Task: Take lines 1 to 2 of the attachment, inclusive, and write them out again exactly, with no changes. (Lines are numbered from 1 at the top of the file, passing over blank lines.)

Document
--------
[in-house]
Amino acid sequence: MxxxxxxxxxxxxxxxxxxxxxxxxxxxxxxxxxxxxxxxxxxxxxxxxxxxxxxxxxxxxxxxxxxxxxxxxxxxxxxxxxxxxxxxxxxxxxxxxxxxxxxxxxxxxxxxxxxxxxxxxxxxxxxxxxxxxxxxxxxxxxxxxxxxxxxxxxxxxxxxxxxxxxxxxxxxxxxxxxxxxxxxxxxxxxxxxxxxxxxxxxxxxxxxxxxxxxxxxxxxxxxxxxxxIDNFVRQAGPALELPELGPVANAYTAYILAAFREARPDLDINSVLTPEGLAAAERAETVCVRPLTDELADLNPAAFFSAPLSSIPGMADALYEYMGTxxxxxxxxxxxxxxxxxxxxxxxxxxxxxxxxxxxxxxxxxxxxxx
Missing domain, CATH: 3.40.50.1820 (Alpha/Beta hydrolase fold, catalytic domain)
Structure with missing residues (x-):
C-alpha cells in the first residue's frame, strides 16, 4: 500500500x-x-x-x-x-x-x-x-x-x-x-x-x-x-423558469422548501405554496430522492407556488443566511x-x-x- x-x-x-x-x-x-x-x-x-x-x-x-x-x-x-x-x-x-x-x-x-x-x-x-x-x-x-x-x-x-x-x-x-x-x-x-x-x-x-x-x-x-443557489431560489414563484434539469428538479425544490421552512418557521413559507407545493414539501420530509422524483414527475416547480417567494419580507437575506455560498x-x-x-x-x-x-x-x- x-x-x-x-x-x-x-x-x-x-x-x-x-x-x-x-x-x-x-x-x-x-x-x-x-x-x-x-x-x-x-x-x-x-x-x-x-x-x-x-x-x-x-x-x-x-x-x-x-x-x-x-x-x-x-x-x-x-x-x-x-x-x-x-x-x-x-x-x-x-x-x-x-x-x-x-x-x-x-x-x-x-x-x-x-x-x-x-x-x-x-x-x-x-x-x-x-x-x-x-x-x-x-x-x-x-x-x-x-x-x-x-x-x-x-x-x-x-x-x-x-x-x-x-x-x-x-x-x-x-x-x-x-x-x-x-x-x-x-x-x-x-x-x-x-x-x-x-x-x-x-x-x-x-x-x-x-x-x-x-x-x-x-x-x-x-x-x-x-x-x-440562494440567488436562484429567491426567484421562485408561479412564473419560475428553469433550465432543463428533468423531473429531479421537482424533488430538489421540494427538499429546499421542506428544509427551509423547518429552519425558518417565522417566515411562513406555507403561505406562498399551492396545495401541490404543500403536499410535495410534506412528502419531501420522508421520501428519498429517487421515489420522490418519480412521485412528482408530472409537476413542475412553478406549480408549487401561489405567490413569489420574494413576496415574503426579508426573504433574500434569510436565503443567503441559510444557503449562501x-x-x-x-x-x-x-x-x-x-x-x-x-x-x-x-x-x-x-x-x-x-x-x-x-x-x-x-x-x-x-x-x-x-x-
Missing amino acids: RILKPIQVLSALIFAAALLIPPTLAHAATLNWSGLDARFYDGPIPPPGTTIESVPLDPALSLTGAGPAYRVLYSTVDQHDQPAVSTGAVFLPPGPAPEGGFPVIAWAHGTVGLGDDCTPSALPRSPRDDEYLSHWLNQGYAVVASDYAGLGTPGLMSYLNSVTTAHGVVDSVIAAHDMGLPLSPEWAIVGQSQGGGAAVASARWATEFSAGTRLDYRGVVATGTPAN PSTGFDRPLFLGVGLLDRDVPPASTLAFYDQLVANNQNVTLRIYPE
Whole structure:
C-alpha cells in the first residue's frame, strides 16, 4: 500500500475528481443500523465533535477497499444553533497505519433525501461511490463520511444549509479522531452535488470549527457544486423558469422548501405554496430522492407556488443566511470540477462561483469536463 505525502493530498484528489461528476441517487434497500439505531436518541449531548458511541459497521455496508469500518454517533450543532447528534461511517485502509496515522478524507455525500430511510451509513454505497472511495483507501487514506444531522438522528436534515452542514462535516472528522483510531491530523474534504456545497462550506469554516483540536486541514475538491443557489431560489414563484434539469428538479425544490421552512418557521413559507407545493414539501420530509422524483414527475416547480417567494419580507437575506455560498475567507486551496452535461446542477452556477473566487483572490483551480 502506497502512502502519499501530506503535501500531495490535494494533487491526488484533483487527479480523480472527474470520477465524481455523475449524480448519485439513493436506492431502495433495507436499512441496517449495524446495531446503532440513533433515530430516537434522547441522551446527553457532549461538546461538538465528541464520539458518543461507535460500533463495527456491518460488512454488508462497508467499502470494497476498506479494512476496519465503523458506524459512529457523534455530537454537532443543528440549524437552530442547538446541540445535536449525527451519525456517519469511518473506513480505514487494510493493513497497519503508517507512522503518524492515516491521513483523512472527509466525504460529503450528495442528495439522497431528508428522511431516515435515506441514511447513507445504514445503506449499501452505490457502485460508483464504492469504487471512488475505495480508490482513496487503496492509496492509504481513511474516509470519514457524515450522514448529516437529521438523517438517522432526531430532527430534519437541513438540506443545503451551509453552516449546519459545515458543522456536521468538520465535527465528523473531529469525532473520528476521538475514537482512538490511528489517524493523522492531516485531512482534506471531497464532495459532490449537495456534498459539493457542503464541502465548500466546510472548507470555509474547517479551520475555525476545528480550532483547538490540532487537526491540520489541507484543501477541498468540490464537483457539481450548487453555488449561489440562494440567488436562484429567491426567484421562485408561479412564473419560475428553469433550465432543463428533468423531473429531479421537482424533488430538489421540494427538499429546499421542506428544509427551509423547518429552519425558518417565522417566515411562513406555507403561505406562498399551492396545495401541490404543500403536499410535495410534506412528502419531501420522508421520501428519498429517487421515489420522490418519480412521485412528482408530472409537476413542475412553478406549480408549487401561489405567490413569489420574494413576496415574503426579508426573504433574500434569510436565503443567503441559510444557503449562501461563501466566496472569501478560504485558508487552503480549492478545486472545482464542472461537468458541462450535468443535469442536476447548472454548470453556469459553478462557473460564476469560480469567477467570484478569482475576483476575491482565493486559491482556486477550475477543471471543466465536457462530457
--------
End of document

[in-house]
Amino acid sequence: MxxxxxxxxxxxxxxxxxxxxxxxxxxxxxxxxxxxxxxxxxxxxxxxxxxxxxxxxxxxxxxxxxxxxxxxxxxxxxxxxxxxxxxxxxxxxxxxxxxxxxxxxxxxxxxxxxxxxxxxxxxxxxxxxxxxxxxxxxxxxxxxxxxxxxxxxxxxxxxxxxxxxxxxxxxxxxxxxxxxxxxxxxxxxxxxxxxxxxxxxxxxxxxxxxxxxxxxxxxxxxxxxxxxIDNFVRQAGPALELPELGPVANAYTAYILAAFREARPDLDINSVLTPEGLAAAERAETVCVRPLTDELADLNPAAFFSAPLSSIPGMADALYEYMGTxxxxxxxxxxxxxxxxxxxxxxxxxxxxxxxxxxxxxxxxxxxxxx